And unlike one-piece traps, the hinged, break-apart design makes collecting your bait a snap.

Inexpensive, effective, and reasonably durable, Eagle Claw’s minnow trap sets the standard for its competitors.

  • Good mesh size
  • Effective funnel
  • Break-open design makes bait collection easy
  • I’d like to see a smaller funnel opening to prevent crawfish from entering the trap
  • An even tighter mesh would be excellent

How We Tested: What to Look for in a Good Minnow Trap

Proven metal designs

Folks who’ve never actually used a minnow trap will recommend fabric mesh designs. And at a glance, those tightly-woven sides look attractive. They’re ultra-light and often fold down to almost nothing. 

What’s not to like?

Everything, actually!

These mesh designs aren’t durable, and from the base material itself to low-quality zippers, they tear in no time.

They also sport large openings, allowing crawfish, bluegills, crappie, and anything else looking for an easy meal into your trap, where your bait becomes dinner overnight.

Do yourself a favor and skip these products, sticking with the tried-and-true metal designs on our shortlist.

You won’t be sorry!

Small mesh

A good minnow trap has a small mesh to prevent bait from escaping and limit access by potential predators.

Smaller is better but also requires more material, increasing price.

And as minnow traps are made to be inexpensive, there’s an upward limit on the material that is used to manufacture them.

Among the best options in this regard is the Gee-Feets’s G-40. I haven’t measured, but the mesh strikes me as slightly tighter than the Eagle Claw and South Bend.

Small funnels

The business end of your minnow trap is the funnel (or funnels).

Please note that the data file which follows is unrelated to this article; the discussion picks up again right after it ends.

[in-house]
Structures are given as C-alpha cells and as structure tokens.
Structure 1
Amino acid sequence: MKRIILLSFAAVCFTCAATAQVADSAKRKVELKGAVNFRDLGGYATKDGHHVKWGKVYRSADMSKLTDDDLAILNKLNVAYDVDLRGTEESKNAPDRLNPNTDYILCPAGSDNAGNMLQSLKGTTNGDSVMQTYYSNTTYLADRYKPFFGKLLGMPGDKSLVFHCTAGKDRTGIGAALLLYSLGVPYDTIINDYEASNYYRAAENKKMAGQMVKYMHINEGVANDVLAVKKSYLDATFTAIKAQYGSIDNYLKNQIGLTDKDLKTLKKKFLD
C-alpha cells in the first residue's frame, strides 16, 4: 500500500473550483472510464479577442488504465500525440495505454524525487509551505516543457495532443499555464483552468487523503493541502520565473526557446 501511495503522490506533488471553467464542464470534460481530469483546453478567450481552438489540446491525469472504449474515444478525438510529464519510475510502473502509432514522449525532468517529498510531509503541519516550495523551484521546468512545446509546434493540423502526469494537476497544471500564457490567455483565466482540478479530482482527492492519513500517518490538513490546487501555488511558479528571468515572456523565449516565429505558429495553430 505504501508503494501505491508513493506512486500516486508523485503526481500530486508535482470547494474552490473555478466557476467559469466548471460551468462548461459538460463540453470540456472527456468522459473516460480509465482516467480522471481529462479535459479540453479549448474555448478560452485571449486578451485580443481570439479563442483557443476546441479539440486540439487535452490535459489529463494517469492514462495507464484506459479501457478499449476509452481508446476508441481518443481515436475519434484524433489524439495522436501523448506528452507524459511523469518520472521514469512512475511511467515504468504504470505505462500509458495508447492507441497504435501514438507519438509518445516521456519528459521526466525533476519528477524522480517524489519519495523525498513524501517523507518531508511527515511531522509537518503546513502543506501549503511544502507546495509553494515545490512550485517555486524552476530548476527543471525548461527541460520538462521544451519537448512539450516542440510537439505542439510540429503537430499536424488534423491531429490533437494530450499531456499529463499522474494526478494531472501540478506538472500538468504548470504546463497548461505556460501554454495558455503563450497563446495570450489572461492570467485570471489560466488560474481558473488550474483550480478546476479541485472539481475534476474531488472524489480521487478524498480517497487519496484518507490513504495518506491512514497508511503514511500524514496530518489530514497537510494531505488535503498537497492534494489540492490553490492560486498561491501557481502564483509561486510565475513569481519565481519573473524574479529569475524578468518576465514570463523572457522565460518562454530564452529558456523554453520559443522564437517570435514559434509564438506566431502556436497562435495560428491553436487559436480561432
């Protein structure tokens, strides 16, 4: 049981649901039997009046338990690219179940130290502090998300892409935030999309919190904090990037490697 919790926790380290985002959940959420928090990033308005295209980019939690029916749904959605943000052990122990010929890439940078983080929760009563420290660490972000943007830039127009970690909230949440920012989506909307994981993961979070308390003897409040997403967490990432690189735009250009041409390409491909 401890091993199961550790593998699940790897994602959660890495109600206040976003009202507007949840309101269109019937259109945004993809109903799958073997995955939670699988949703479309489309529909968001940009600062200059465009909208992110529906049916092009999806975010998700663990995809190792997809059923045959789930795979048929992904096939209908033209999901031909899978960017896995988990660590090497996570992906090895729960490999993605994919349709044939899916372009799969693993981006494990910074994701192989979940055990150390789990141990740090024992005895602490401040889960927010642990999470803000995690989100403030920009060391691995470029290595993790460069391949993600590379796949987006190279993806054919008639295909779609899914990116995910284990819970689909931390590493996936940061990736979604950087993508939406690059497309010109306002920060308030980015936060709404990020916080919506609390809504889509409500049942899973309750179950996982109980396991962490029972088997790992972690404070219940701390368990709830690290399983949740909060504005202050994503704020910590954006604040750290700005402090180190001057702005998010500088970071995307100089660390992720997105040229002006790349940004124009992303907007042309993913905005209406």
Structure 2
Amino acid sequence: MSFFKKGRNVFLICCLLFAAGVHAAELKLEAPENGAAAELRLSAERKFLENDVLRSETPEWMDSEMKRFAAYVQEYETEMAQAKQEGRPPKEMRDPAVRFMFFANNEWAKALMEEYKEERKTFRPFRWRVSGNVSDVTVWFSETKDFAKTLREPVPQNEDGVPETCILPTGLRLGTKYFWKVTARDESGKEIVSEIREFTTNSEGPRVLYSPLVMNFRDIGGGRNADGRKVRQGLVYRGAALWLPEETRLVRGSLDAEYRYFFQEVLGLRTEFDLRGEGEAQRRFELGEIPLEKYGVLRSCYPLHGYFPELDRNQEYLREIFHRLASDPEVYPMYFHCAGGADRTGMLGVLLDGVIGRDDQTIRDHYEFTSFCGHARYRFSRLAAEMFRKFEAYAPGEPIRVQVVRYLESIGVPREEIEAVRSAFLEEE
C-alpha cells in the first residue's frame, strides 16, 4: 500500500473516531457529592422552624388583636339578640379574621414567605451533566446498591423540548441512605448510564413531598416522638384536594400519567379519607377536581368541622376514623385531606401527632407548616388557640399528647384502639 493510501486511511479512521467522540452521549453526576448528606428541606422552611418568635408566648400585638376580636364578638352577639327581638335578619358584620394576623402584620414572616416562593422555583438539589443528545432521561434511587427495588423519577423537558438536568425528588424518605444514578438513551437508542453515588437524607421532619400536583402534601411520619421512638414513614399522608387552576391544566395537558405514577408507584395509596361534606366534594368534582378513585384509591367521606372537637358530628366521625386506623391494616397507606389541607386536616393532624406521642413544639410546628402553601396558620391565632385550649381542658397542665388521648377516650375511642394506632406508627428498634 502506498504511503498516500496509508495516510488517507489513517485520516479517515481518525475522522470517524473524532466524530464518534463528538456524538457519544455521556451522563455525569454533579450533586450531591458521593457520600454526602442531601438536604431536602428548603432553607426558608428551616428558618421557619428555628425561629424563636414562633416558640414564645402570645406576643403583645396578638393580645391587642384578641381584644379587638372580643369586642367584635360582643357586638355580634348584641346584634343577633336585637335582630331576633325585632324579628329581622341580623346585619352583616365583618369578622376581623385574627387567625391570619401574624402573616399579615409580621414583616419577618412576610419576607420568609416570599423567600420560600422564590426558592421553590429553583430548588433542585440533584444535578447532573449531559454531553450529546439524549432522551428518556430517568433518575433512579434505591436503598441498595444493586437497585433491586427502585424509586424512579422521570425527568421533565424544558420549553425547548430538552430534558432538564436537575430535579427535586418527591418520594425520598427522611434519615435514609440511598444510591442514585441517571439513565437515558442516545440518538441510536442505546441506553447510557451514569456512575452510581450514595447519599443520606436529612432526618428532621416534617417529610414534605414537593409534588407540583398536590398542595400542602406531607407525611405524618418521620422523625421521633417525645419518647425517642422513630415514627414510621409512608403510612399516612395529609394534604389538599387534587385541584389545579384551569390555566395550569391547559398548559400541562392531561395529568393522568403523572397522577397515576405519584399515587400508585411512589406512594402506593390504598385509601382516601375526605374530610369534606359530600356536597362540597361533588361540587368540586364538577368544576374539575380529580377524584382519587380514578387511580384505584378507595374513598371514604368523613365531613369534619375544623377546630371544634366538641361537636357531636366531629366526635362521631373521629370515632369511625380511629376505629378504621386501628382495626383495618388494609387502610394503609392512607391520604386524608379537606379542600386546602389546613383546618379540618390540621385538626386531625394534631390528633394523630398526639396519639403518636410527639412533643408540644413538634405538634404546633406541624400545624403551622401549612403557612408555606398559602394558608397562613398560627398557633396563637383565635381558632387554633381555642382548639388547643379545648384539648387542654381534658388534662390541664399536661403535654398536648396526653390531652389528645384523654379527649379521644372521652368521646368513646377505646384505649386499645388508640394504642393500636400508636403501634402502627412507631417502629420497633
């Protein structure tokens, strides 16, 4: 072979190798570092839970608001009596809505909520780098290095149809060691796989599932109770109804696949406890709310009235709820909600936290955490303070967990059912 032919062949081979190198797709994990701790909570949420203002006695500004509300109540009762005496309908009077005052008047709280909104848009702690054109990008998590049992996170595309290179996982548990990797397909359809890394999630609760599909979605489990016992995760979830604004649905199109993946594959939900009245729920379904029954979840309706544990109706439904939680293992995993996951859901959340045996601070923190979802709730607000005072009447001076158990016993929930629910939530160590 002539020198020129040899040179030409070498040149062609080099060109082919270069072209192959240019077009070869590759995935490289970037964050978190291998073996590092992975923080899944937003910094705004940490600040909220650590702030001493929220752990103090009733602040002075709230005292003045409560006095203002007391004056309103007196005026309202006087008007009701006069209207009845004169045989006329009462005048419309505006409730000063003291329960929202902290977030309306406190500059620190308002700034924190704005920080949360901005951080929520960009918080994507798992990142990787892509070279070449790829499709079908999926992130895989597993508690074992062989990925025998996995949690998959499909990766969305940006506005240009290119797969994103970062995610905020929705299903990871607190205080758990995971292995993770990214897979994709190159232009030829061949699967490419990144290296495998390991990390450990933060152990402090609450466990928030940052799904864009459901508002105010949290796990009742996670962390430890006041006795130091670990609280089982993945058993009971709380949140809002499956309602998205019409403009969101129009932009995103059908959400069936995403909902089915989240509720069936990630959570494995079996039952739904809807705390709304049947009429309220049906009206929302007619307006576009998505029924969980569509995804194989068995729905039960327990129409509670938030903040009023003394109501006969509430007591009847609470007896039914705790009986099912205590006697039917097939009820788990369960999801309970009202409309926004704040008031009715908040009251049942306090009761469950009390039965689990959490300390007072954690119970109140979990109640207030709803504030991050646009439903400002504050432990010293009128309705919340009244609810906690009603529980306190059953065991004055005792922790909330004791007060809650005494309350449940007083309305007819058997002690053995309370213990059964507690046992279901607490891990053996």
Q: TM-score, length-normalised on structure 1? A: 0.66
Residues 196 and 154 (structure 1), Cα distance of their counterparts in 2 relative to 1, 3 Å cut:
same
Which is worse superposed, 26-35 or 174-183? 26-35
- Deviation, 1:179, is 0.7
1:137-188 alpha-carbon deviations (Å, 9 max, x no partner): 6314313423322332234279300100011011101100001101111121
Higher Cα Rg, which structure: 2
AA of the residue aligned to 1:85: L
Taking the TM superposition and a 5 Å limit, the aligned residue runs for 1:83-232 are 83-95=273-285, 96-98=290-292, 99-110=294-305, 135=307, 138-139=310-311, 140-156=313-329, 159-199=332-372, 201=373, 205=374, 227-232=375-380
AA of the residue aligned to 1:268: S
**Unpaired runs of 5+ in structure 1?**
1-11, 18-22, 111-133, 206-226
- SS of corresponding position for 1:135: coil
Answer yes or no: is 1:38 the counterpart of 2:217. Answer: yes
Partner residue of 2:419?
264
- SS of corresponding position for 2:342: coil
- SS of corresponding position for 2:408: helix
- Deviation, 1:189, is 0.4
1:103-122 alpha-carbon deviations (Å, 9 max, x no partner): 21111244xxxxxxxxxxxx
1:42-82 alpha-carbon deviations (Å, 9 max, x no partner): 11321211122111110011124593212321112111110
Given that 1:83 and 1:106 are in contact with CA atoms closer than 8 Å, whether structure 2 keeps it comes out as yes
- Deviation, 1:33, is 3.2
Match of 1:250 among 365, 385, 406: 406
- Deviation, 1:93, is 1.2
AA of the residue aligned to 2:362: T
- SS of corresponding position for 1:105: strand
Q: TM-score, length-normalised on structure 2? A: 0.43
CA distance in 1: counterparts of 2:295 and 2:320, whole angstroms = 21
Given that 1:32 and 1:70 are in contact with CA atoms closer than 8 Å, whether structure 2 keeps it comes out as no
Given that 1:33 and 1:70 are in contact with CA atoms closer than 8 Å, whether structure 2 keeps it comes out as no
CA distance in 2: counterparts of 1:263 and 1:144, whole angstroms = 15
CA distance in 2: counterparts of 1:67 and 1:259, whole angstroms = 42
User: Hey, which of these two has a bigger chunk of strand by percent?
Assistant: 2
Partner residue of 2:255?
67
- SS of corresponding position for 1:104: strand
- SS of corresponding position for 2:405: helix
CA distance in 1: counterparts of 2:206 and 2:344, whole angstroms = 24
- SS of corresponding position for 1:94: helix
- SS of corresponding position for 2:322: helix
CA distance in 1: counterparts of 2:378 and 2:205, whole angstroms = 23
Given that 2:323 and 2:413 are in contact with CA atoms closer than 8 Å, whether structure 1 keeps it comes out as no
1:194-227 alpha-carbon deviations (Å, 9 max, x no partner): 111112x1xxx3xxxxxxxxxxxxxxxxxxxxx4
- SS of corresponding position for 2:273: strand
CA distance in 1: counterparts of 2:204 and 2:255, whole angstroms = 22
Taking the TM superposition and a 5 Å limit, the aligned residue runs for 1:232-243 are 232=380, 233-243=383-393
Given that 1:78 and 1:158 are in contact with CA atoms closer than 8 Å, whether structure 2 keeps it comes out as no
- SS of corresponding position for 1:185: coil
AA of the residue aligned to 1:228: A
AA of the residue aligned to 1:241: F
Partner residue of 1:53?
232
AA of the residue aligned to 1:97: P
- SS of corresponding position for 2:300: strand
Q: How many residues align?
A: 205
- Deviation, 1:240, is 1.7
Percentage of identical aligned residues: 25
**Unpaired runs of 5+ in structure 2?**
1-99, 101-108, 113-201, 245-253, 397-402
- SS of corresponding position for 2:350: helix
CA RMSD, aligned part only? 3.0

They need to be tight enough to exclude potential dinner guests, but large enough to allow minnows easy access, while preventing a quick exit.

I like mine to be about 1 inch in diameter, as this helps to cut down on crawfish, and it’s not a bad idea to squeeze the funnel of your trap down to this size if you can.

Break-open design

Collecting your minnows through a small opening is a pain.

The best minnow traps have a break-open design that allows you to dump minnows directly into a bucket.

Our Pick: Gee-Feets G-40 Minnow Trap!

While the Eagle Claw and South Bend certainly work, the Gee-Feets G-40 is probably the best minnow trap on the market.

Featuring a small mesh, two appropriately sized funnel openings, and a break-open design that allows you to collect your bait in a snap, it’s the perfect design, well-executed, and made in the USA.

We hope that this article has helped you find your new minnow trap, and if it has, we’d love to hear from you!

Please leave a comment below.

About The Author
John Baltes
Chief Editor & Contributor
If it has fins, John has probably tried to catch it from a kayak. A native of Louisiana, he now lives in Sarajevo, where he's adjusting to life in the mountains. From the rivers of Bosnia to the coast of Croatia, you can find him fishing when he's not camping, hiking, or hunting.